Do they mean the same "a men-only party" or are there differences in their specific usage?

3 Answers 3


Here is the entry for stag party in Harold Wentworth & Stuart Flexner, Dictionary of American Slang, first edition (1960):

stag party 1 A party attended by men only, often for the purpose of viewing obscene performances or movies, telling obscene jokes, and the like. 2 Specif., such a party given in honor of a prospective bridegroom by his friends.

Robert Chapman, New Dictionary of American Slang (1986) doesn't give stag party a separate entry, but mentions it in the entry for stag:

stag 1 n fr early 1900s A man who goes to a party alone, without a woman partner 2 adj For men only; without women: a stag function 3 adv: Several of the brothers were [going to the dance] 'stag'—P Marks [Plastic Age (1924)] 4 n (also stag party) A party for men only: His shoulders were as broad as broad as the jokes at a Legion stag—J Evans [Halo in the Blood (1946)]

Robert Chapman & Barbara Kipfer, Dictionary of American Slang, third edition (1995) alters the wording of definition 4 in Chapman from "A party for men only" to

A party for men only, as a bachelor party

As for the term bachelor party, in the United States it almost always refers to a "farewell to bachelorhood" party thrown for a soon-to-be-married man by his male friends. An example of this usage is evident in the subtitle to James Oliver Cury, The Playboy Guide to Bachelor Parties (2003):

Everything You Need to Know About Planning the Groom's Rite of Passage—from Simple to Sinful

A Google Books search for "a bachelor party" turns up a match from not later than 1826 in which the term seems to refer simply and generally to a gathering of single men, without any hint of wild behavior, sexual hanky-panky, or imminent matrimony. From William Beattie, Journal of a Residence in Germany, volume 2 (1831):

[Meiningen] 28th — I dropped in at a small bachelor's party this evening, and just in time to hear the conclusion of a warm debate on the respective merits of black and blue eyes. Both, it appears, are doing mischief,—but perhaps unconsciously.

Likewise Dickens's The Posthumous Papers of the Pickwick Club (1838) devotes a chapter to "A Bachelor's Party, Given by Mr. Bob Sawyer at His Lodgings in the Borough." This party involves a large supper, copious drinking, some choruses of "A Frog He Would a-Courting Go," and multiple intrusions by an irate landlady, who eventually sends all of the guests home.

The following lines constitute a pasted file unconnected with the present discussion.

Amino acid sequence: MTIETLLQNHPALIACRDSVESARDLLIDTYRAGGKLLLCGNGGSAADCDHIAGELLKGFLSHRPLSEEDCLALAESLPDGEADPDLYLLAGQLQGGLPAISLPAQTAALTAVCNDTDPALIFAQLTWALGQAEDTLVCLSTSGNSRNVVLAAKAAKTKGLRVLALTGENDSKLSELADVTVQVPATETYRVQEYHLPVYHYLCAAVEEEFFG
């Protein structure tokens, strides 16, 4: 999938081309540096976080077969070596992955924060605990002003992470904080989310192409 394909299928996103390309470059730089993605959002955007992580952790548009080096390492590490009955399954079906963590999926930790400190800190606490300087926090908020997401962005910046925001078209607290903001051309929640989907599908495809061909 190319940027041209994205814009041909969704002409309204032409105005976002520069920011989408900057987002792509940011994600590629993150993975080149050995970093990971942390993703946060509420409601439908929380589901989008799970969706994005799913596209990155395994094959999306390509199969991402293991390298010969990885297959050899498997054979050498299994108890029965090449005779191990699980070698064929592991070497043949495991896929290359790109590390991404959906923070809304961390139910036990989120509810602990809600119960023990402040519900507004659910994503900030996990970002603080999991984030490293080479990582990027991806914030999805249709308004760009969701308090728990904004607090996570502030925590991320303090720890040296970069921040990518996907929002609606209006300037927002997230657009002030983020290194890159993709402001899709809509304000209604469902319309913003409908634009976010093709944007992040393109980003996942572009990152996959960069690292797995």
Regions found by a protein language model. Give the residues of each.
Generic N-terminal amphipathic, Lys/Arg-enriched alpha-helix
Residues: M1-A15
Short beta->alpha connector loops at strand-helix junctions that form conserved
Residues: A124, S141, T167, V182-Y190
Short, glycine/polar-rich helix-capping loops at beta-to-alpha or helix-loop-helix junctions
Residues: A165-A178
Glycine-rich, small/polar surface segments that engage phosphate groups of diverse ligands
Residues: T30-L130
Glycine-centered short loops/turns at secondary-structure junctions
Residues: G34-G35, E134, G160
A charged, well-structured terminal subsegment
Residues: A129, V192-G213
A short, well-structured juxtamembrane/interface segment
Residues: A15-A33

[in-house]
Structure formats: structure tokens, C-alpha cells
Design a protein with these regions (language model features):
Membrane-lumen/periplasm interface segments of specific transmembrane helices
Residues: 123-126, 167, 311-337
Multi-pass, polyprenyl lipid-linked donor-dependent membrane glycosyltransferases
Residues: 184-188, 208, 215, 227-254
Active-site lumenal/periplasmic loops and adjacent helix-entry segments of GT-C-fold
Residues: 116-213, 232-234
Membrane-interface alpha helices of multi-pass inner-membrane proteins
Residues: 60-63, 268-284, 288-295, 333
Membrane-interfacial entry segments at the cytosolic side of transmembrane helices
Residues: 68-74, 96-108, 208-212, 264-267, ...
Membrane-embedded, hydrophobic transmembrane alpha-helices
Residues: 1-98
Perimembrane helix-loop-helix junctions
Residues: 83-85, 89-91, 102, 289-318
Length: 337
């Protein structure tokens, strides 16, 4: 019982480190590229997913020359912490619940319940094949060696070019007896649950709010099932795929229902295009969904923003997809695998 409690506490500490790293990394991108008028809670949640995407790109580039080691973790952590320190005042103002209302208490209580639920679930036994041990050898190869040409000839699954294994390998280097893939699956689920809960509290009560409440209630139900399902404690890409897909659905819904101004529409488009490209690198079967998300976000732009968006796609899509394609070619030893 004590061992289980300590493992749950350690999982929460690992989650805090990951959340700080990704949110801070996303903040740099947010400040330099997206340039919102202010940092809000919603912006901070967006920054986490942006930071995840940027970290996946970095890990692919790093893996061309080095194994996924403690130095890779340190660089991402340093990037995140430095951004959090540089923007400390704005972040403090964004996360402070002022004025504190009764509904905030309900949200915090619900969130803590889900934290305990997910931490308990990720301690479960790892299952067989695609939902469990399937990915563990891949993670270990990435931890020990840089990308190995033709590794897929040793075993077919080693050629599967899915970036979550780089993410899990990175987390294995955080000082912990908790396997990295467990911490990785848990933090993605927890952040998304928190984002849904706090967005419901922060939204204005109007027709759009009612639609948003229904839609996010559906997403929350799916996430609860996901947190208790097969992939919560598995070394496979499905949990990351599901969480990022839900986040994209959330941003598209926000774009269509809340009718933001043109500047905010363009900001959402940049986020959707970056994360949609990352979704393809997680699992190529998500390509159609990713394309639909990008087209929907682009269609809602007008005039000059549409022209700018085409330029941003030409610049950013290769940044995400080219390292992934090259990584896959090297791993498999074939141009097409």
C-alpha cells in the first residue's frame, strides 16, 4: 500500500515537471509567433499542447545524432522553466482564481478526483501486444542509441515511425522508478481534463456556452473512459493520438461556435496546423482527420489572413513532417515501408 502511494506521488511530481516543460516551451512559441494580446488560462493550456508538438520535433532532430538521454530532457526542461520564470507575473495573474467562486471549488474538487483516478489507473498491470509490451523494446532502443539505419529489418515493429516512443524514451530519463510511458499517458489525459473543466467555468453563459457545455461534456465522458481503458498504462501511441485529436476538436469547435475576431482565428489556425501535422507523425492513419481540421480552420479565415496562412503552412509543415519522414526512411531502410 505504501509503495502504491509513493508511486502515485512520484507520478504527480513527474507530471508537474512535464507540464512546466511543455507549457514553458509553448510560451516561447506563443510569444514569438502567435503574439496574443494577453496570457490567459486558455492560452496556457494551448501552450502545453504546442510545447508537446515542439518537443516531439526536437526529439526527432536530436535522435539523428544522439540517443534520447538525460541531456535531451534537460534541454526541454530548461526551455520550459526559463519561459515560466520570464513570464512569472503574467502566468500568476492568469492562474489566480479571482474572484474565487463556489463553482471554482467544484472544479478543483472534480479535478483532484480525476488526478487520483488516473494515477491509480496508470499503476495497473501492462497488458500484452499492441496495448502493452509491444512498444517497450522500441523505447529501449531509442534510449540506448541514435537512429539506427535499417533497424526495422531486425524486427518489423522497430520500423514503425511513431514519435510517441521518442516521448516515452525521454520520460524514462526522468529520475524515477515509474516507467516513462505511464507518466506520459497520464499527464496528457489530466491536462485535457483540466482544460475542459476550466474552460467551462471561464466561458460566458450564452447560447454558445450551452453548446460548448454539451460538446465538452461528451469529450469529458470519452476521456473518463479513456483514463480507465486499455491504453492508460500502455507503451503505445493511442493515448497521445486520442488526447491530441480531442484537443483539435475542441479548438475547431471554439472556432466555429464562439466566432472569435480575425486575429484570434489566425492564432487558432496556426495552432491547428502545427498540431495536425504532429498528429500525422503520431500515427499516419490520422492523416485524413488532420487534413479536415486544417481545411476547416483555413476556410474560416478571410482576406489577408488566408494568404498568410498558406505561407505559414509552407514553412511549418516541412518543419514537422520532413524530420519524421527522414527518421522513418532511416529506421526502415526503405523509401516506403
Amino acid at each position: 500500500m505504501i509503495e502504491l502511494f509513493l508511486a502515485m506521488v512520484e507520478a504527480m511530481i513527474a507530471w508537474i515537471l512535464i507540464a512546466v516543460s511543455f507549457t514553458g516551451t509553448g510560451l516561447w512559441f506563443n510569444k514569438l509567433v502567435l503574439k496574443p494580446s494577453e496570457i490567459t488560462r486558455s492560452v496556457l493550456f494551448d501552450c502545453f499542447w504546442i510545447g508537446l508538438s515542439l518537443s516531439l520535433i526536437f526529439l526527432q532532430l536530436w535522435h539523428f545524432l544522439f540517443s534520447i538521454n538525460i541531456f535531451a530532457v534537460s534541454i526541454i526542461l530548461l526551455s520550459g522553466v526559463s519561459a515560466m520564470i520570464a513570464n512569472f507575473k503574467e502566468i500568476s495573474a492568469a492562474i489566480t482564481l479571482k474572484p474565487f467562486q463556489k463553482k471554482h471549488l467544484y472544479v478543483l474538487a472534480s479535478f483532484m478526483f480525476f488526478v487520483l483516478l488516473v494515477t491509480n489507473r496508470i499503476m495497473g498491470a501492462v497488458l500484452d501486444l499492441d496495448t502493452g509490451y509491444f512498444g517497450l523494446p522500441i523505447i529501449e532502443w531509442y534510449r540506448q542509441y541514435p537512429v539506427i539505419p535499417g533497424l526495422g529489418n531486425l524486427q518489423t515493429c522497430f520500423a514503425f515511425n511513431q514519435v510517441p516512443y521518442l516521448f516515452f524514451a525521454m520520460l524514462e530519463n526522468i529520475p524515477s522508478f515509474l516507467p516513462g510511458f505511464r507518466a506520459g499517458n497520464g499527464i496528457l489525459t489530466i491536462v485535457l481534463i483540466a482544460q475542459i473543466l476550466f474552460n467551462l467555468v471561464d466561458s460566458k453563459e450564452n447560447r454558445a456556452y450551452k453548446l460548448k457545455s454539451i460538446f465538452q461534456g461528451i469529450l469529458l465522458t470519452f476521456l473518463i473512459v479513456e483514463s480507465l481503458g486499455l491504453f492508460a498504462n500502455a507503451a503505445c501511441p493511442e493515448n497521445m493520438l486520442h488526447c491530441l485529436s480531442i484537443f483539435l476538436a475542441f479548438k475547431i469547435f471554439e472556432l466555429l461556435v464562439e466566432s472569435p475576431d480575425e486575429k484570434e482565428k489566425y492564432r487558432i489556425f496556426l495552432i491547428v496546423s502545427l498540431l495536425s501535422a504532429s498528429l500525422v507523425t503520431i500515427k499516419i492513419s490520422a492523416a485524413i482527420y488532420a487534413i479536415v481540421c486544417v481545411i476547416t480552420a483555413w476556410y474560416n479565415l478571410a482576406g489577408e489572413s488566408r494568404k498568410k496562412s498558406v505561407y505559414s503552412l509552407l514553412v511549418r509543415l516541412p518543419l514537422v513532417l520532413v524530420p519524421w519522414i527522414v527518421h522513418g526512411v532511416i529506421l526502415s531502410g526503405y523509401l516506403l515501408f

It's not unthinkable that bachelor party may still occasionally be used to refer to any party to which only unwedded men are invited—in which case it would have approximately as general a meaning as stag party—but I haven't found an instance of such use in recent Google Books search results.

The emphasis on obscene activity in the 1960 Wentworth & Flexner entry for stag party, by the way, explains the emergence of the slang term stag film, which (in the Mad Men era and afterward) referred to pornographic movies often shown at all-male get-togethers.


While they do have the same meaning, it is not simply a men-only party.

It is a party before the stag (groom) gets married. Traditionally the evening before the wedding but more often nowadays a few days before.


According to wikipedia: Yes they are the same.


"A bachelor party (in the United States), also known as a stag party, stag night, stag do (in Great Britain, Ireland, and Canada), a "buck's party" (in Australia)[1] or a maanhaar partytjie (in South Africa),[…]"

  • I don't know where the Wikipedia article obtained its information: in Canada, bachelor party is by far the commonest form that I have heard, with stag party used rarely (likely only by ex-pat Brits), and I have never heard stag night or stag do. Sep 16, 2016 at 19:43